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February Newsletter

I was asked three really good questions last week.

The first was – “What are my thoughts of the effect of the Coronavirus on the global markets and do we need to take any action on my investments?”

The second was – “Do I have to take all of my tax-free cash in one go?

And finally, “how safe is my pension if my pension provider was to go bust”

I have given brief answers to these question on my question and answer forum at but thought you might find it helpful if I looked at these questions in more depth.


I am keeping up to date with developments but it is a fast-moving crisis. I started writing this on Thursday and by Friday we learn the first case Coronavirus has been reported in the UK. By Saturday the FTSE 100 had fallen 1.3% and the yield on 15-year gilts had fallen to 0.86% which is close to the all time low in recent years.

It is now Tuesday 4th February and the FTSE is rising. This just shows why we shouldn't necessarily worry unduly.

Three things strike me about the emerging crises:

First of all, this is obviously a serious matter and could easily turn result a global financial crisis. I have read one headline asking ‘is China's Coronavirus the Next Black Swan?’

Secondly, there are some experts saying, serious as this is, it is not necessarily going to be a disaster

Thirdly, there is respect for the Chinese government for reacting to the crises in a responsible matter and doing all they can to contain the spread of the virus.

Clearly this is a serious and complex situation and we don’t know how events will unfold over the next few days / weeks but as I explain below, I don’t think there is any need to panic.

My first reaction when asked about the possibility of a serious stock market crash or worries about increased volatility is to say ‘don’t panic’. This is not just lazy thinking but my belief that if you have a well-diversified portfolio manged by a competent investment manager you should be well placed to weather any investment storms that come your way.

My second reaction is the opposite of the first and to start worrying on behalf of my clients because investing is a serious business. However, I soon stop worrying when I remember a few basic rules of investing which I try to follow:

  • Make sure you have sufficient liquid assets (e.g. cash) to cover any income or cash you might need in the near future
  • Review your attitude to risk.
    • If you are not sure about this, or what to review it, ask us for another risk questionnaire
    • Be aware of the behavioural / emotional side of investing
  • Remember the basic rule “don’t put all your eggs in one basket”
  • Don’t forget that you will have invested for growth over the longer term and short-term volatility should be expected
  • Continually monitor your investments to make sure they are aligned with your attitude to risk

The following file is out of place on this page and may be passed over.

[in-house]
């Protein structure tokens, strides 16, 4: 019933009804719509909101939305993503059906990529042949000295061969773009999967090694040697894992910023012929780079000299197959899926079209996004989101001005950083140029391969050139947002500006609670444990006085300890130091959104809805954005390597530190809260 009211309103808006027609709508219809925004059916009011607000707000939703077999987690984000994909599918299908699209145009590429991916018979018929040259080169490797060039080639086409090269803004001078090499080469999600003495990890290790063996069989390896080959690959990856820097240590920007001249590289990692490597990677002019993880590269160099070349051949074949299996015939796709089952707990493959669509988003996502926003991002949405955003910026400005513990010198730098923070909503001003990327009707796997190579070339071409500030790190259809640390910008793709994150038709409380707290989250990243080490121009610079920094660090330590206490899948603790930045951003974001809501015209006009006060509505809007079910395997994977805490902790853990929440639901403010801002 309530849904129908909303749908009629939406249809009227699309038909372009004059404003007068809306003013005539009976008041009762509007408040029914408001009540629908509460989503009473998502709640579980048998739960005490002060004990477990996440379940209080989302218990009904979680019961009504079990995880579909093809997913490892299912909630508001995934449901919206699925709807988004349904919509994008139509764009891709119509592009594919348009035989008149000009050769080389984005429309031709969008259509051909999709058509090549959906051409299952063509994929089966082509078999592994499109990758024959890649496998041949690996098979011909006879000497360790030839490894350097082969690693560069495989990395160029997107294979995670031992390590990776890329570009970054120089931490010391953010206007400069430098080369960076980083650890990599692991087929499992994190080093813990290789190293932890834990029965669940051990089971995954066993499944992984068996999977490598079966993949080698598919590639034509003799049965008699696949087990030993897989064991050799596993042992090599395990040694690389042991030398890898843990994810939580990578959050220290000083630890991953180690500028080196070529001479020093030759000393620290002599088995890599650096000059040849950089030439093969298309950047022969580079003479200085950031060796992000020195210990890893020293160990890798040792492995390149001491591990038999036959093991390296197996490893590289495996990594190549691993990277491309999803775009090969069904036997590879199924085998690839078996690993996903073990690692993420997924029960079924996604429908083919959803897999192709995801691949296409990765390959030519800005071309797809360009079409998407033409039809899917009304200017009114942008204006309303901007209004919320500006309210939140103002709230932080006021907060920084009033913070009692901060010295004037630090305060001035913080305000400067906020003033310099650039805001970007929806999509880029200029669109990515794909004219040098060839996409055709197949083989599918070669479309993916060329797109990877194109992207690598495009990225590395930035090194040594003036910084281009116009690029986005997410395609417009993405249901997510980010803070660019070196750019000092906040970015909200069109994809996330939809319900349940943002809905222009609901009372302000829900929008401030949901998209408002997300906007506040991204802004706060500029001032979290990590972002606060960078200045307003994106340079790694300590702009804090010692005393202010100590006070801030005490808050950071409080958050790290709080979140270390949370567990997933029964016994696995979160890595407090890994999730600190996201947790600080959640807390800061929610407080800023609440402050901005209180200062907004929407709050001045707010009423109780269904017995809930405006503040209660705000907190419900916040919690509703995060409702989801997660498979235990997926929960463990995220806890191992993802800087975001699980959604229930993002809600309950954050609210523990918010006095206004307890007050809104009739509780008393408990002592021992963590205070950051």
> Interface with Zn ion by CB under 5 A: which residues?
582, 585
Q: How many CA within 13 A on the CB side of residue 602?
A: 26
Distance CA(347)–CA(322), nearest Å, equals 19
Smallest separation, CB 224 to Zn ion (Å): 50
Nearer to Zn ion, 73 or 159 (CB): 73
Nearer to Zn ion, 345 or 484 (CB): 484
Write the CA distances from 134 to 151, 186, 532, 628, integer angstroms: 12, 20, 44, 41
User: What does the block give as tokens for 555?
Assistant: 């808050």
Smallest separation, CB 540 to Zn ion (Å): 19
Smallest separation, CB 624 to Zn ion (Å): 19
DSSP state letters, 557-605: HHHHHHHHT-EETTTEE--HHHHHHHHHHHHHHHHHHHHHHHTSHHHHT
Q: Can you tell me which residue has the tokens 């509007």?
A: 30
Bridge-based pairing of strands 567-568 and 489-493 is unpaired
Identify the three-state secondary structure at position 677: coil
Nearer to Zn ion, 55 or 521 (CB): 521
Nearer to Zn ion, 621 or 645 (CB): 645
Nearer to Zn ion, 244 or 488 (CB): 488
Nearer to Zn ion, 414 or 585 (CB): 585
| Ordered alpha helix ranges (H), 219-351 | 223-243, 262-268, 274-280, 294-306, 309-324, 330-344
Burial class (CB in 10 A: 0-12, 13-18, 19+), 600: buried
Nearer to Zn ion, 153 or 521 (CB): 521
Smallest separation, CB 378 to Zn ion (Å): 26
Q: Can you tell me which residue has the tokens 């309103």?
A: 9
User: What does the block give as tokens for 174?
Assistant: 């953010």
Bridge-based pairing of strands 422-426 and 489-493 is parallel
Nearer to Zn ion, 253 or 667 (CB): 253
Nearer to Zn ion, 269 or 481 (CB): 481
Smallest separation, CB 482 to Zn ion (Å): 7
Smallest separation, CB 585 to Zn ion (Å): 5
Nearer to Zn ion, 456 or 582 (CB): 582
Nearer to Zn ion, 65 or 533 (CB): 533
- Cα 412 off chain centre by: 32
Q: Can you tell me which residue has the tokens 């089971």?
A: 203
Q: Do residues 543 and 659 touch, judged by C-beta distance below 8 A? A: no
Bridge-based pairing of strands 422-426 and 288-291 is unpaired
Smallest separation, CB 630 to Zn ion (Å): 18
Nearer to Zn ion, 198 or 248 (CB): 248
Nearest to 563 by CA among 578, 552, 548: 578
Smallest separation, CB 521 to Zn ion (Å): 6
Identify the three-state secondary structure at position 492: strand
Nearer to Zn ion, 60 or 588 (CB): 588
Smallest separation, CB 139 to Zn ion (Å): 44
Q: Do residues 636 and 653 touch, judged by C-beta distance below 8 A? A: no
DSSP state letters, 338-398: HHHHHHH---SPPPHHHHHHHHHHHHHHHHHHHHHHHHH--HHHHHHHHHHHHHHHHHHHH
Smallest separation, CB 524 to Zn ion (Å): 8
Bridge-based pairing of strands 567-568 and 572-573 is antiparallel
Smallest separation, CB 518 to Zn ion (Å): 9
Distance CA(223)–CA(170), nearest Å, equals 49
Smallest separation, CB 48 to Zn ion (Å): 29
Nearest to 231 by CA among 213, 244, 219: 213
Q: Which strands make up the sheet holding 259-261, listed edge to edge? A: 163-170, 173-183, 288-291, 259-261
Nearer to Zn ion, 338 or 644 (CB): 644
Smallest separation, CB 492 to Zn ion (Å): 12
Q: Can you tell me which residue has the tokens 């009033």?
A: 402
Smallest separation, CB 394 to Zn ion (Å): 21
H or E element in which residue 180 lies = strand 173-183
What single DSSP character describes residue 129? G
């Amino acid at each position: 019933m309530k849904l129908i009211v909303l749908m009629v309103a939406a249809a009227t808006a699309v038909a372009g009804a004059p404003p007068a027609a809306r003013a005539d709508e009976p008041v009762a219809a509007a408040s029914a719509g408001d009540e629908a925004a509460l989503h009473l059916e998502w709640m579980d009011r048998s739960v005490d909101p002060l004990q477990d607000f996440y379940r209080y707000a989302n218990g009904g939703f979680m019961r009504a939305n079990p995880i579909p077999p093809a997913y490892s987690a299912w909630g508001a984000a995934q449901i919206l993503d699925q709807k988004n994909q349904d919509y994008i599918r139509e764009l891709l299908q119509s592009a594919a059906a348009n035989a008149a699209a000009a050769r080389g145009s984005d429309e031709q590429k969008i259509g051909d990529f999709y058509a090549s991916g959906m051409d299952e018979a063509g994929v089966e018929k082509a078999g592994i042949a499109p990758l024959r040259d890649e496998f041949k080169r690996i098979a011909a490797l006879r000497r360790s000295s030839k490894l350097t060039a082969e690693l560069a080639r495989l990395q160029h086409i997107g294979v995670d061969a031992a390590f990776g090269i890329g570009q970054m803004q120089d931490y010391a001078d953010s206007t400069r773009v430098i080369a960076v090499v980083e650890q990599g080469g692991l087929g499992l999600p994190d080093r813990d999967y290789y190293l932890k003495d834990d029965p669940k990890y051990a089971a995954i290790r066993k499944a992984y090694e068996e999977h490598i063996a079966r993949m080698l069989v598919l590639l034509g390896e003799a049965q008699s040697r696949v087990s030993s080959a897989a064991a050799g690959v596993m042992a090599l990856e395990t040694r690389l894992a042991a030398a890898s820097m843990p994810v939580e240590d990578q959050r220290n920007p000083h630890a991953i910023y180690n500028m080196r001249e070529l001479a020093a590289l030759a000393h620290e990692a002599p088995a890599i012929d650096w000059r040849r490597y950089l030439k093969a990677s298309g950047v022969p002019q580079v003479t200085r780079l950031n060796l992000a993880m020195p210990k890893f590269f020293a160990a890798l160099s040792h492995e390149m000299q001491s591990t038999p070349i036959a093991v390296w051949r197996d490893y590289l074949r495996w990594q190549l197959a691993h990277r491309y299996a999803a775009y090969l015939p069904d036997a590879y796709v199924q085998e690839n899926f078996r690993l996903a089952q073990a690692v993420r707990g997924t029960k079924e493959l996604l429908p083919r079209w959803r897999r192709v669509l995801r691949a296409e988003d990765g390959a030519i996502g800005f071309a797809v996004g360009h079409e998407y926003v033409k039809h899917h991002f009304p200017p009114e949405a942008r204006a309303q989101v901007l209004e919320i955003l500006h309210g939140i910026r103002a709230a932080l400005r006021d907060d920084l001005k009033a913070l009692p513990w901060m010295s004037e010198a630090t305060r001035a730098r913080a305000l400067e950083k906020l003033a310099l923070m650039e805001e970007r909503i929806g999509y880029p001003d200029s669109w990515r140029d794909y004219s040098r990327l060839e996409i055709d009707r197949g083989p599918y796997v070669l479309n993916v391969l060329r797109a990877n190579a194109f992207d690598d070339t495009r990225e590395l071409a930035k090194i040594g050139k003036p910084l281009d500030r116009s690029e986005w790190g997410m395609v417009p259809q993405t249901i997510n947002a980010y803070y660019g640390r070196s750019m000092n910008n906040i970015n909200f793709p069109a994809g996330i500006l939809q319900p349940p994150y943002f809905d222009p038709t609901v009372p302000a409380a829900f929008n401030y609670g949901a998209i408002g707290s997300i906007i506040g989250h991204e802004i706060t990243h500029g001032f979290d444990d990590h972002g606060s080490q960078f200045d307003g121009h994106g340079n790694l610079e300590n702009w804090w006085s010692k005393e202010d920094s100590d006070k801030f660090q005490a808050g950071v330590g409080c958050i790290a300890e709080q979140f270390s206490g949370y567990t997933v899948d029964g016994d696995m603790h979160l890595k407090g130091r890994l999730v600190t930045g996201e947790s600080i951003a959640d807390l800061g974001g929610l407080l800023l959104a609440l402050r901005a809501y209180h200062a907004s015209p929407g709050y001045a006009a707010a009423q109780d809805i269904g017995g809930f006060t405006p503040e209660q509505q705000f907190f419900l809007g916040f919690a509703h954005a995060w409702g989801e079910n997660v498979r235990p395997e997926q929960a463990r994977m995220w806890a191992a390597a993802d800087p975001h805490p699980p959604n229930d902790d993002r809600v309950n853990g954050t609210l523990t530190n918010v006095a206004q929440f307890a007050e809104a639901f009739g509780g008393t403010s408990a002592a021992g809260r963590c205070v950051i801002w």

This is easier said than done and the test of a good adviser (and a savvy client) is make sure the theory is put into practice.

If you have any questions or concerns, please do not hesitate to contact me

Do I have to take all of my tax-free cash in one go?

No you don't. You can spread your tax-free cash over a period of time.

There are a number of diffrent ways to phase your tax-free cash. One of the ways is called "Salami Slicing"

Salami Slicing

Think of your pension as a long salami – OK think of a £ 100,000 pension pot as being made up of 10 separate pots with £ 10,000 in each pot.

Instead of chopping off 25% of the salami and eating it (sorry, spending it) without giving any of it to the tax man, you can just chop of a slice of the salami (e.g. £ 10,000) and take 25% (£2,500) tax free.

Continuing with the salami theme, if you only eat a small amount of salami instead of a large amount, you may go hungry. In pension terms if you only take £2,500 of income instead of £25,000 you may not have enough cash or income.

Therefore, you can eat the remaining 75% of the pension salami but you will pay tax on this.

There are various ways to cut off your slices of salami and even though they have the same effect they have different names. Some options have many different names to make it even more complicated. These names include:

  • Uffle puffle* – sorry, uncrystallised funds pension lump sum (UFPLS)
  • Partial encashment
  • Phased Retirment

I googled uffle puffle pension and I came across this hilarious article which I had written in 2014 for my friend John Lappin. I will reproduce this as a blog here but you can see the original here

The term uffle puffle was brought to my attention by Vince Smith-Hughes. I first heard the explanation of salami slicing from Rupert Baron.

I produced some PowerPoint slides on salami slicing and you can view these here Phased Tax-Free Cash PowerPoint

How safe is my pension if my pension provider was to go bust?

There is a very good article on the Daily Mail website sponsored by Financial Services Compensation Scheme.

It starts by saying "pension savers is that workplace defined contribution schemes provided by UK insurers, Sipps and annuities are all protected by the Financial Services Compensation Scheme (FSCS)."

Read the article in full

About the author

Billy Burrows

Billy Burrows has been involved with retirement options for over 20 years, advising clients on all aspects of pensions and retirement income options.

He divides his time between advising individual clients as Retirement Director at Better Retirement and running Retirement IQ, which publishes guides including the popular ‘You and Your Pension Pot’ and ‘The Retirement Journey’.

He is frequently quoted in the national press and appears on radio, podcasts and videos and writes extensively on retirement income matters.

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